Dr. James Glynn is a Senior Research Scholar at the Center on Global Energy Policy. He leads the Energy Systems Modelling Program. He has over 15 years of experience within energy systems analysis, energy technology research, development, and deployment, collaborating with governments, technologists, utilities, suppliers, and energy analysts in the United States, Europe, and Asia. His published work spans the whole integrated energy system, including energy, economy & climate. Dr. Glynn is internationally recognized for his energy systems modeling innovations across hybrid modeling methods, uncertainty methods, and energy security assessments. James currently serves on the Integrated Assessment Modelling Consortium (IAMC) scientific working group (SWG) in climate-related Financial Analysis.
Dr. Glynn’s research interests focus on developing and applying integrated techno-economic energy systems models and their interactions with the climate, economy, and society to find resilient pathways to future sustainable development goals. He is an expert developer and user of the International Energy Agency’s Energy Technology Systems Analysis Programmes’ (IEA-ETSAP) TIMES framework. He has led and actively contributes to the global ETSAP-TIAM developer’s group exploring novel developments in TIMES energy systems modeling. His national and global model applications have provided insights into Irish, European, and International energy policy, legislation, and investment decisions in collaboration with a broad range of stakeholders.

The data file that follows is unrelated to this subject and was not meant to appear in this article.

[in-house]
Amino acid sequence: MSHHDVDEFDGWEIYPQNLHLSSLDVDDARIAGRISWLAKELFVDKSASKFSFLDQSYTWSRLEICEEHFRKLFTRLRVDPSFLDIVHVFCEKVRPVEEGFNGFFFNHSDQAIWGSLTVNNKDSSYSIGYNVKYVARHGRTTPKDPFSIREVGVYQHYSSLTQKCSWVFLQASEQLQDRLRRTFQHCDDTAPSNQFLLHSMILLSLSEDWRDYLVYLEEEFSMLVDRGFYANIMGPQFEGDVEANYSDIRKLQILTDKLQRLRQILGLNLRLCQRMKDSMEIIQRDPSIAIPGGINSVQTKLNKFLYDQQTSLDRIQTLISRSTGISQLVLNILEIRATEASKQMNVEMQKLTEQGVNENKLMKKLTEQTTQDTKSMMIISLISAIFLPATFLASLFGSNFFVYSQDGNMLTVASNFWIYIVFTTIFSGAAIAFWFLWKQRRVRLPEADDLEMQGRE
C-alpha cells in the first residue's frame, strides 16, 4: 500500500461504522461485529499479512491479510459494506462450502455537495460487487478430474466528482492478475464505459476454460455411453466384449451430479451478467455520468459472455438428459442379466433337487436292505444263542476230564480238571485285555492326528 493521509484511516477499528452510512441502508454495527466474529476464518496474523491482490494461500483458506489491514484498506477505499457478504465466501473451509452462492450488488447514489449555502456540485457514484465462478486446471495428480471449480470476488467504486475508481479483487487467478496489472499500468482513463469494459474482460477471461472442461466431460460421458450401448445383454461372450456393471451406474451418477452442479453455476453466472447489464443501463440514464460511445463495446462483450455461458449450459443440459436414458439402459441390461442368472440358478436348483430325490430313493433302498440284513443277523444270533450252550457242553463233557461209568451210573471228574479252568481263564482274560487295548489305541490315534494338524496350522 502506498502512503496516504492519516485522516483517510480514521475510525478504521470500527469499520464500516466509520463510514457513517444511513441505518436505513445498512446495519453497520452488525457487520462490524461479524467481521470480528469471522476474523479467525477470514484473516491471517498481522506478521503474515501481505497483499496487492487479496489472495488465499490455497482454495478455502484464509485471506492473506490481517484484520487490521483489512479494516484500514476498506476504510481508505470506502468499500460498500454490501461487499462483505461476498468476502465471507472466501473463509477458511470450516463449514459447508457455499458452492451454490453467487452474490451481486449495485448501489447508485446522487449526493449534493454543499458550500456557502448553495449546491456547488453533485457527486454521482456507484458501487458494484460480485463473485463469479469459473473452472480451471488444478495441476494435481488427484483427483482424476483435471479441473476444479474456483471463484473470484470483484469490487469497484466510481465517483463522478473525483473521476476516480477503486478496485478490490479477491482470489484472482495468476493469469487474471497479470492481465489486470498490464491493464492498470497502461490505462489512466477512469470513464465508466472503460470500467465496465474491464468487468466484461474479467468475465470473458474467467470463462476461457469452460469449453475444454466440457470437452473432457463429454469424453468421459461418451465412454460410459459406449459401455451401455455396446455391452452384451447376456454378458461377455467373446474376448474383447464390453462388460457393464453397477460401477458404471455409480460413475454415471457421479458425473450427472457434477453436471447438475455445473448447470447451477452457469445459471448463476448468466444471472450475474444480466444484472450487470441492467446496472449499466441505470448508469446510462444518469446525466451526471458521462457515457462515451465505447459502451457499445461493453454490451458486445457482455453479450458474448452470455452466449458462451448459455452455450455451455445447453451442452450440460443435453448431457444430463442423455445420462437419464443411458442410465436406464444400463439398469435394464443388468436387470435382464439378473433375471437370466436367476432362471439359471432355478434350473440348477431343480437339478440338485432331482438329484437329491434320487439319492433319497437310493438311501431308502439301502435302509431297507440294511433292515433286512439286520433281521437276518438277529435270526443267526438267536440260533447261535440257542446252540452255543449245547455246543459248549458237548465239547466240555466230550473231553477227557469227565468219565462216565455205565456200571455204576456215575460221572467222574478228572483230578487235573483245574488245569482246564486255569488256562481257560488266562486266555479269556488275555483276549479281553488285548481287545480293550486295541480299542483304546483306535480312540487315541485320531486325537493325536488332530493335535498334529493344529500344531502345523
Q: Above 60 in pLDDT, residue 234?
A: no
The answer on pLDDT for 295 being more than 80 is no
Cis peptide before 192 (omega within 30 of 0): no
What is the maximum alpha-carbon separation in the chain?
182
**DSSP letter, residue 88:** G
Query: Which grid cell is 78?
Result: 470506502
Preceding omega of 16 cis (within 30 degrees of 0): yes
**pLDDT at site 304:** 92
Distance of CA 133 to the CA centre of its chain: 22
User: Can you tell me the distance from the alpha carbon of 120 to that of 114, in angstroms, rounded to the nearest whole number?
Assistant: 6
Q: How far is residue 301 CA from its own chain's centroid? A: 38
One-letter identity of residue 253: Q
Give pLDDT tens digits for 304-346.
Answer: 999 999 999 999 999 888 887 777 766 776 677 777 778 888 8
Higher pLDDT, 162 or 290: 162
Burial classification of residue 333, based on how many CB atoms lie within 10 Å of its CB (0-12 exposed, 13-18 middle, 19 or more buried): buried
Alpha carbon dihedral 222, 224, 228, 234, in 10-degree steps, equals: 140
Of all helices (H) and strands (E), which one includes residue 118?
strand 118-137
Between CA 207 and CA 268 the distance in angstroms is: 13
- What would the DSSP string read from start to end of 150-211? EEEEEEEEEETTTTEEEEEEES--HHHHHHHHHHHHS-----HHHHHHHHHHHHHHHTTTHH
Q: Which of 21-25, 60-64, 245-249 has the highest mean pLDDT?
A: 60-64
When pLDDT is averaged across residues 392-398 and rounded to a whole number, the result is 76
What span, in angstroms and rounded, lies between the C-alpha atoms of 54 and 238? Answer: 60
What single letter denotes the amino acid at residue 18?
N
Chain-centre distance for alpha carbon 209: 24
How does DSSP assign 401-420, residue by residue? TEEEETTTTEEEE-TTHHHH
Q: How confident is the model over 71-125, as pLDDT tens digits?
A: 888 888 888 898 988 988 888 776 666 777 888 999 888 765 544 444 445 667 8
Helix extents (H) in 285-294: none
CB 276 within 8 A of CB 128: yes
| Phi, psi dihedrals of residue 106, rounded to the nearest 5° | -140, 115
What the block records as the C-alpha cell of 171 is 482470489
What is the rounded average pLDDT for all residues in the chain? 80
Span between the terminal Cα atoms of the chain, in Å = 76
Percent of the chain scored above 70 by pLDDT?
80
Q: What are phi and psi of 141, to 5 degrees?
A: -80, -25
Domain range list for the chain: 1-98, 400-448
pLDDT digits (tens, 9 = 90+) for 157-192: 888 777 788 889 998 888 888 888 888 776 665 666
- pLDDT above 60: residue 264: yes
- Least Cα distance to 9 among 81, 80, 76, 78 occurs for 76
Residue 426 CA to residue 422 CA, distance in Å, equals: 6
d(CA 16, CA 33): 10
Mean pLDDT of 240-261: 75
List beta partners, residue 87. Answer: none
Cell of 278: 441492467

He is an EU-commission invited expert in energy systems modeling and a reviewer of the EU Commission’s DG-ENER new energy systems model METIS. He has given expert witness testimony to government committees on carbon capture and storage (CCS), carbon budgets, and net-zero carbon energy systems transition. He has served on the scientific advisory boards for multiple national and European research projects, such as the German DLR BEAM-ME project on high-performance optimization algorithms. He collaborates on numerous international energy-climate networks, including the Integrated Assessment Modelling Consortium (IAMC) and JPI-Climate. He is an affiliate invited member of the IEA-ETSAP executive committee. He has successfully led multiple national and international research & consulting project consortia.
Dr. Glynn’s recent publications include;
He holds two masters degrees (NUIG, Strathclyde) and a PhD (UCC) in areas related to energy systems analysis across engineering, science, and economics. He has affiliations with the Science Foundation Ireland MaREI Centre in University College Cork (UCC) and the engineering faculty in Imperial College London.
There is a strong and growing consensus that a simultaneously growing and decarbonizing electricity sector is necessary to meet declining greenhouse gas emissions targets.
The Paris Agreement included two particularly crucial innovations for supporting greenhouse gas emissions reductions: a voluntary, bottom-up nationally determined contribution (NDC) and a ratchet mechanism.
The US House Energy and Commerce Committee recently released recommendations for the Build Back Better...